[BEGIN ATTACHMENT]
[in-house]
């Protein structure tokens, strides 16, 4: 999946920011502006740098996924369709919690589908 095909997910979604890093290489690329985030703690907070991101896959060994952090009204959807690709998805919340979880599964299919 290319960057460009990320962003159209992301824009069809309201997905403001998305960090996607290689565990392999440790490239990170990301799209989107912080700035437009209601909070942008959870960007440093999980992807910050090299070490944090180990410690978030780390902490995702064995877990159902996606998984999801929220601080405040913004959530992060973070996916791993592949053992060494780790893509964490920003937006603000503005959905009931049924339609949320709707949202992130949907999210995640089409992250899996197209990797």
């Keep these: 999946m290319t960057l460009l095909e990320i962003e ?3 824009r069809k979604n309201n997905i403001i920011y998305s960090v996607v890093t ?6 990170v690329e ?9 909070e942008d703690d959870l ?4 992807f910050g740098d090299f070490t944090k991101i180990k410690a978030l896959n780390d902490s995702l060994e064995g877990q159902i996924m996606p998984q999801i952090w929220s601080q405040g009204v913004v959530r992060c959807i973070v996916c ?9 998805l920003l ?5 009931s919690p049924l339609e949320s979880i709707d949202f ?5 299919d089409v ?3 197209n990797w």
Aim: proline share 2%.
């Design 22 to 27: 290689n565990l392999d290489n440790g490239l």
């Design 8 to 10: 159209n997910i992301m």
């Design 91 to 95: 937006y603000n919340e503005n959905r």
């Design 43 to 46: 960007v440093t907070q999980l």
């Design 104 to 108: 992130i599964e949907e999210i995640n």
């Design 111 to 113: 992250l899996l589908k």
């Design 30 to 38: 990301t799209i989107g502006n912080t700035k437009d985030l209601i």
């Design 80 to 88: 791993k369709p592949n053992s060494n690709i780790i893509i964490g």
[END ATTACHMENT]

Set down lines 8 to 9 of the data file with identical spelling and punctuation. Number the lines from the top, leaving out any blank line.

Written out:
């Design 43 to 46: 960007v440093t907070q999980l």
């Design 104 to 108: 992130i599964e949907e999210i995640n």